This folk record was Simon And Garfunkel's debut collection of songs. It was a flop and both artists went their separate ways. Then the track The Sound Of Silence began to get airplay. Their label, sensing an opportunity, overdubbed electric instruments onto the song and released it as a single, which reached No. 1 on the American charts. Simon and Garfunkel hastily reunited to record a follow-up album, which was named Sounds Of Silence to cash in on the success of their breakthrough song.
Bridge Over Troubled Water (1970)
This was to be the duo's fifth and final album. It contained hits such as the title song, El Condo Pasa, Cecilia, The Boxer, So Long Frank Lloyd Wright and The Only Living Boy In New York. The album's chart-topping title song has proven to be an enduring pop classic, covered by countless musicians. The duo would split after recording this work.
Still Crazy After All These Years (1975)
Paul Simon's fourth studio album would win two Grammys, one for Album Of The Year. With songs such as the title track, My Little Town and 50 Ways To Leave Your Lover, Simon enjoyed considerable chart success with this collection. After this, however, his career would enter an 11-year period of slow sales. The doldrums would be broken only with Graceland.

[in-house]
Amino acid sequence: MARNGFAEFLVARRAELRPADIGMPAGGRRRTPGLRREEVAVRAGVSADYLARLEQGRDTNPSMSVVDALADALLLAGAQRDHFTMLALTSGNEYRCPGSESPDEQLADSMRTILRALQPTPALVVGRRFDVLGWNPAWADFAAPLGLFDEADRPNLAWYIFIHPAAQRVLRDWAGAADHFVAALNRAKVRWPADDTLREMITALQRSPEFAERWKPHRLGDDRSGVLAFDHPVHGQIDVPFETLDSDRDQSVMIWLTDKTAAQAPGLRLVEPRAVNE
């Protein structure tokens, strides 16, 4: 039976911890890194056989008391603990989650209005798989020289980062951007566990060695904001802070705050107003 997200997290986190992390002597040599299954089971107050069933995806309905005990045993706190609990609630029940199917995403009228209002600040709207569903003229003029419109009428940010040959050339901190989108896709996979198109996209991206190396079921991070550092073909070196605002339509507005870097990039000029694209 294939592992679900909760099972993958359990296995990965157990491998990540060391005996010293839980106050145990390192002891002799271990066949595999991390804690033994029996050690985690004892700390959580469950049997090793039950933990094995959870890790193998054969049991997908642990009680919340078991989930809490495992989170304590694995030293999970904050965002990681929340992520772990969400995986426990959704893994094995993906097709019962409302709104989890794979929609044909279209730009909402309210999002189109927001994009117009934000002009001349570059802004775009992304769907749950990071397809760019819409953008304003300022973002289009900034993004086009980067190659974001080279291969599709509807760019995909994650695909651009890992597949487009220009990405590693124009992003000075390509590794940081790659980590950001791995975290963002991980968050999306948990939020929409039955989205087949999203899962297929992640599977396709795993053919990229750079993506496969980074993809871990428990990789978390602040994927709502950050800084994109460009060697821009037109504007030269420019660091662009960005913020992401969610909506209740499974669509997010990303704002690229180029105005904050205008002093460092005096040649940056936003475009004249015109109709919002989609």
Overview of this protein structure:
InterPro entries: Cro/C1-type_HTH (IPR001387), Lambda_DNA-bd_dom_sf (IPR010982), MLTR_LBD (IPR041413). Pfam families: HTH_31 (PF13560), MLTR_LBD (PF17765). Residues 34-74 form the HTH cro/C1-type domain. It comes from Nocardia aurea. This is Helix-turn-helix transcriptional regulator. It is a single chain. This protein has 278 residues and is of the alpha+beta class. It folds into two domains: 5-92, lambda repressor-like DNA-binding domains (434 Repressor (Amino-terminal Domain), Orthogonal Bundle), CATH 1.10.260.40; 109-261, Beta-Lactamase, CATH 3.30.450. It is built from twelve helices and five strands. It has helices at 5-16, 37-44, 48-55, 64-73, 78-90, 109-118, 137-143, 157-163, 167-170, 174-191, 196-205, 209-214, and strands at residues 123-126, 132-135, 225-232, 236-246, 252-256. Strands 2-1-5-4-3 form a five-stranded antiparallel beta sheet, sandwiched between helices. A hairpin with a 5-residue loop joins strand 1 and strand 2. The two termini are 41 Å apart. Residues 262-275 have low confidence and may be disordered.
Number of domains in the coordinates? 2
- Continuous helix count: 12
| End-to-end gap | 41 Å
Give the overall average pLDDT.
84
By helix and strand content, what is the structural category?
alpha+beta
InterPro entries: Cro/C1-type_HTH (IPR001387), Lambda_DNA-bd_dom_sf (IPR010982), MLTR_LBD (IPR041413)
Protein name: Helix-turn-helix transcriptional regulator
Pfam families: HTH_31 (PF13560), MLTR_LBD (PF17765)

This was a commercial smash for Simon, with sales of more than 14 million copies. It would be his most commercially successful album. It won the Grammy for Album Of The Year, with the Record Of The Year Grammy going to the title song. The track You Can Call Me Al was also a hit. The album's genesis lay in Simon's listening to a cassette of South African music, which inspired him to record most of the album in South Africa, with the aid of local musicians such as male choral group Ladysmith Black Mambazo. To date, Simon has not repeated the commercial success of Graceland, though his latter-day releases have garnered critical praise.
This story was first published in The Straits Times on March 22, 2013